So the Pi consumes 0.65 W for 24 hours. That's a total of roughly 16 W a day. With 2 hours of sunshine in December, that means that we need an 8 W solar panel. Make it 10 W just to be sure.

The battery needs to store energy for at least 5 days in advance (there might not be any sunshine for 5 days), that means that it must be able to store 80 W. But the deep cycle batteries recommended for solar applications should not be drained below 50% of their capacity, so we need to double that to 160 W in order to ensure that if there will be no sunlight for 5 days, the Pi will still not drain a fully charged battery below 50%. Assuming that it's a 12V battery, which are most common, 160 / 12 = 13.3, so we will need a battery rated at 13.33 Ah. 12 Ah might do the job, or I could go for 20 Ah, which is the next available size.

Obviously, the solar panel and the battery would have to have triple capacity for a Raspberry Pi model B. Also, these are calculations based on the worst case which is still realistic. In the summer there will definitely be plenty of solar power for the Pi. In the winter, if the sun does not shine for a week, the Pi is going to get thirsty :)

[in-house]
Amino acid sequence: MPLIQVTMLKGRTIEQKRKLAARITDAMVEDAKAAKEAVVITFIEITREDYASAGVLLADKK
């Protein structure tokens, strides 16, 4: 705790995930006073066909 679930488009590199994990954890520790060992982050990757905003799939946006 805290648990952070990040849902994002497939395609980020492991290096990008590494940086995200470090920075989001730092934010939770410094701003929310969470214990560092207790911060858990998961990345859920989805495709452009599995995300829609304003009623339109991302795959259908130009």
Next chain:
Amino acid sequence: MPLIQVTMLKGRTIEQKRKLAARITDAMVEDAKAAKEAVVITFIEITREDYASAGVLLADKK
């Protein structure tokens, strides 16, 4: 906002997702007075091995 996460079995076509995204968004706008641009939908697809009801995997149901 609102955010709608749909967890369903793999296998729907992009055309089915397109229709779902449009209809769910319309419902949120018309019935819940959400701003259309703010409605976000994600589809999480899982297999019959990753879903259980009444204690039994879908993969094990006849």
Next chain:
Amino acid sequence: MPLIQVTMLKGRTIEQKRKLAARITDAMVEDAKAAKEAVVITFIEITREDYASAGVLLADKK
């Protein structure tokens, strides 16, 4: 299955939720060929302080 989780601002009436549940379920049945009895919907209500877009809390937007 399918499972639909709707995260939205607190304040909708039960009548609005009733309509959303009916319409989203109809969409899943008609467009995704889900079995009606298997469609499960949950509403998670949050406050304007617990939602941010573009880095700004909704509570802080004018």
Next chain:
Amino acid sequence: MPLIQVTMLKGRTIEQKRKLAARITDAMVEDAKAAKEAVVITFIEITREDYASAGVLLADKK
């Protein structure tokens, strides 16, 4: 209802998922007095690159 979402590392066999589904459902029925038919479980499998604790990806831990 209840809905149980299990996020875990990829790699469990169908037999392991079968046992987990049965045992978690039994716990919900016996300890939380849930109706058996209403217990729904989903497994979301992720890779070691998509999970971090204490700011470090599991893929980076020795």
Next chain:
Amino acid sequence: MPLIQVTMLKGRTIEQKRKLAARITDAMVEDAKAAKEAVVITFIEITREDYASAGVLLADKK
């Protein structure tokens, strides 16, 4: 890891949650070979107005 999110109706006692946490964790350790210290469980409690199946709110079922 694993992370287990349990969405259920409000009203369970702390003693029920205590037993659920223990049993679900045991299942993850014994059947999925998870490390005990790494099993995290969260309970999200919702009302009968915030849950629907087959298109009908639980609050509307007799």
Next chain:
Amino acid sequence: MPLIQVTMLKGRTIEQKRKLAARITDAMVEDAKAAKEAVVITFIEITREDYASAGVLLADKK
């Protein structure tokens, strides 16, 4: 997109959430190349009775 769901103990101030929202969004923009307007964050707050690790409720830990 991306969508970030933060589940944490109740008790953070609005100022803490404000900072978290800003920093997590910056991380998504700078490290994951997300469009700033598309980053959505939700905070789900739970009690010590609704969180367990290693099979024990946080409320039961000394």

What do you think, are these calculations realistic?

Thanks,
Andras
Andras
http://iqjar.com
User avatar
Posts: 288
Joined: Wed Oct 31, 2012 8:43 am
Location: Cluj-Napoca, Romania
by Mortimer » Tue Feb 05, 2013 3:57 pm
If it is a web server it is going to need to connect to the outside world. So for a start your power consumption figure is wrong, because it won't take account of the 150mA or so required to run a USB wifi adapter. Even a 100mbps USB-Ethernet adapter is going to need something in the region of 100mA to work at full speed.

So your 0.67W needs to be at least doubled to make use of a wifi adapter, and a little less than that for an Ethernet adapter. One would wonder if the Model A is the right choice for your application. The answer would only be yes presumably if you intend to only use wifi connectivity.
User avatar
Posts: 719
Joined: Sun Jun 10, 2012 3:57 pm
by Un4Seen » Tue Feb 05, 2013 4:09 pm
I assumed that a WiFi dongle uses nearly 0 power, but it seems that I was wrong. I'd still go with model A, because model B has a built-in Ethernet adapter and that makes it eat 3 times the power compared to model A. I don't want to use an Ethernet connection. The idea is to make a web server which is completely off the gird, with no mains power connection, no network cable plugged into it, nothing. Completely independent. But I guess you're right, the WiFi will double the power requirements...

Thank you!
Andras
http://iqjar.com
User avatar
Posts: 288
Joined: Wed Oct 31, 2012 8:43 am
Location: Cluj-Napoca, Romania
by wpns » Tue Feb 05, 2013 5:01 pm
Well, I guess I'd wonder what a web server with no connection to anything is _good_ for, but that's probably a rathole.

With the exception of your units (watts times hours gives watt-hours) your calculations are approximately correct.